BY SUSAN REYNOLDS
Mindful meditation has been shown to be effective in reducing stress, anxiety, and depression, as well as bolstering your immune system. Overall, mindful meditation, practiced on a regular basis, seems to improve coping skills and emotional resiliency.
Why it’s so good for your brain
Here’s a short list of what’s happening in your brain while you mindfully meditate:
- Labeling your emotions with words activates your left prefrontal cortex (your thinking brain), which calms your amygdala and reduces anxiety.
- Engaging your concentration alters the connection between your thinking (cortex) and the emotional (amygdala) parts of your brain, strengthening your neuronal pathways and thus allowing for more voluntary recognition and control of emotions.
- Being fully present activates your cortical networks near your cingulate cortex (increases empathy and self-awareness), the insula (focuses on internal body states), and the somatosensory cortex (senses your body in space), making the focus on you and how you are feeling – allowing your own happiness and calm to be the mainstay.
- Engaging in self-observation and awareness activates the middle PFC (center of metacognition, “thinking about thinking” or evaluating one’s own reasoning).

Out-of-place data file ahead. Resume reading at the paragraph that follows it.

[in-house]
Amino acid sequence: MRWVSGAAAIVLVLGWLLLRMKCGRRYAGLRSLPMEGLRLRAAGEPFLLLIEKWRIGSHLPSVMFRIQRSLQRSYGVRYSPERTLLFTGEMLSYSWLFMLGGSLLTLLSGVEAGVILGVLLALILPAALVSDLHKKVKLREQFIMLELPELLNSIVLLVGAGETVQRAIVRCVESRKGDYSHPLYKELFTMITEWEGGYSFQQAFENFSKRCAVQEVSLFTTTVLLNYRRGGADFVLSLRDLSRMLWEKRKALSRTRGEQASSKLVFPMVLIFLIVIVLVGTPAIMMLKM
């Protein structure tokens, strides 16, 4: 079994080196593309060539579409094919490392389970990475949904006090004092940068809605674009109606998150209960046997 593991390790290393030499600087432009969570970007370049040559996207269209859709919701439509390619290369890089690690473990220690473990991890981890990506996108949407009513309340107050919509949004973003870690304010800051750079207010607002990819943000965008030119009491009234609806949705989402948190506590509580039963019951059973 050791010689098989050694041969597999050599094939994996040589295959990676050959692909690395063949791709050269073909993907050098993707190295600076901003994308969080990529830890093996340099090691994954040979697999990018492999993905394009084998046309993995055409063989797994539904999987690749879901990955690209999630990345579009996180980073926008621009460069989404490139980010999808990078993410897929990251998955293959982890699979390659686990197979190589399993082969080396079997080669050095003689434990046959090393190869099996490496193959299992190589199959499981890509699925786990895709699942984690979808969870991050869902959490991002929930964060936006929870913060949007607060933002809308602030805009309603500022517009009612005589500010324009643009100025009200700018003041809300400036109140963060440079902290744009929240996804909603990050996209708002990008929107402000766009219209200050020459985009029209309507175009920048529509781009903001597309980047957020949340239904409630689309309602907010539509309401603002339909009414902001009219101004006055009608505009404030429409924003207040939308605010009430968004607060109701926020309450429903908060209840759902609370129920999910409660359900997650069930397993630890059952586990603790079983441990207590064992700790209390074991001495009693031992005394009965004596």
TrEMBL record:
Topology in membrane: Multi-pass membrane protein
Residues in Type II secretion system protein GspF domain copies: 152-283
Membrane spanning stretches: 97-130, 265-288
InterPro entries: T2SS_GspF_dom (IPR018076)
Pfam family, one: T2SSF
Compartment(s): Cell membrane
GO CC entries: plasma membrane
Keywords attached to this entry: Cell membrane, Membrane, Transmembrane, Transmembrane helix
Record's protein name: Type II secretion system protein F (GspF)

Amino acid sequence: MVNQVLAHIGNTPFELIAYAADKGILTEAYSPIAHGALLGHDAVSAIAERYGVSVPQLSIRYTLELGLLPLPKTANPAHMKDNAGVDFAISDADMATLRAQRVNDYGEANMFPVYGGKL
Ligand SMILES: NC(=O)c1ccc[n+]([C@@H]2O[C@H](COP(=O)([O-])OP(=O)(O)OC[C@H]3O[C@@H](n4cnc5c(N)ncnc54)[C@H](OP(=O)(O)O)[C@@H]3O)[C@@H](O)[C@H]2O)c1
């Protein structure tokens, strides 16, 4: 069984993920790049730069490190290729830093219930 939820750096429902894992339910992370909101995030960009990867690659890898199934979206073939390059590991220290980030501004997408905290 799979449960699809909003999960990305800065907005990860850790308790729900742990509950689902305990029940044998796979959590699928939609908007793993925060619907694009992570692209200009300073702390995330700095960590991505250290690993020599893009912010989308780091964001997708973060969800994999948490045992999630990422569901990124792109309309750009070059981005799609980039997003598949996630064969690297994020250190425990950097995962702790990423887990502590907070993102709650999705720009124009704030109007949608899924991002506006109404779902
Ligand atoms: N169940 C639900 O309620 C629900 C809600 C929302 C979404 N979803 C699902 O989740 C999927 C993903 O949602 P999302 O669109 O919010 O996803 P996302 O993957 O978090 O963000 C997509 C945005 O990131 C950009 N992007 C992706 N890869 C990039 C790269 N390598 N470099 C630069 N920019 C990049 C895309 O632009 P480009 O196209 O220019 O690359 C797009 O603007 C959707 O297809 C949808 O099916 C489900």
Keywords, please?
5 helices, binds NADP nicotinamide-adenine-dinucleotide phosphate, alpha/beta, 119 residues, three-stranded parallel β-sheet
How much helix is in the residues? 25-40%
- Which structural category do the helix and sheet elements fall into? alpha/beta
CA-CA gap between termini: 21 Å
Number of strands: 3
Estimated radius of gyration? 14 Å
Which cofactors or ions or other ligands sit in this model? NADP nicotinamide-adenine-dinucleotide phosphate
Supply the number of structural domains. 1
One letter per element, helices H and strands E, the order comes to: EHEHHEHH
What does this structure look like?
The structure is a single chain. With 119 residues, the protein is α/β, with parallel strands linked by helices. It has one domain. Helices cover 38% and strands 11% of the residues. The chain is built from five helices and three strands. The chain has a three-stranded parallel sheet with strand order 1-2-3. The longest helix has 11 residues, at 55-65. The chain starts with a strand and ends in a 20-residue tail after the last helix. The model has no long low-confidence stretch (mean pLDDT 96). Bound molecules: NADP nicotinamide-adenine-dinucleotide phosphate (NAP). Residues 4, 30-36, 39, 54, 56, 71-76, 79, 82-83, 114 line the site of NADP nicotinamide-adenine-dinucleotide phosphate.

Keep those Brain Pistons Firing
The more brain systems fire synchronously, the better your mental health. Mindful meditation practiced on a regular basis will increase left frontal lobe activity and lower emotional reactivity, as well as help your (and your brain) become more self-observant, positive, and compassionate. Mindful meditation tunes up brain circuitry and connects the social circuits of so-called “mirror neurons” which recognize emotional faces in others and help you identify what others feel, i.e., it increases empathy for others. It does this by improving self-awareness, cultivating your sense of empathy for yourself, and improving your ability to regulate and consciously express your emotions.
Listen Up Emotions: I Am the Boss of You
Studies at the University of Toronto revealed that people who have completed eight weeks of mindfulness-based meditation training are able to activate their insula. Located deep inside your gray matter, the insula informs you of what’s happening inside your body in the present moment without connecting the experience to a specific emotion. This allows you to break the pattern of responding to new stimuli and experiences automatically. The point of meditation is not to stop you from having an emotional response to what’s happening in your life but to avoid responding purely out of habit. Mindfulness reminds you that when it comes to your reactions, you’re the one in charge.
Susan Reynolds is Grand’s Editor and has authored or edited more then 45 nonfiction books, including Train Your Brain to Get Happy, Meditation for Moms, and Woodstock Revisited. Her latest book Fire Up Your Writing Brain will be released in October.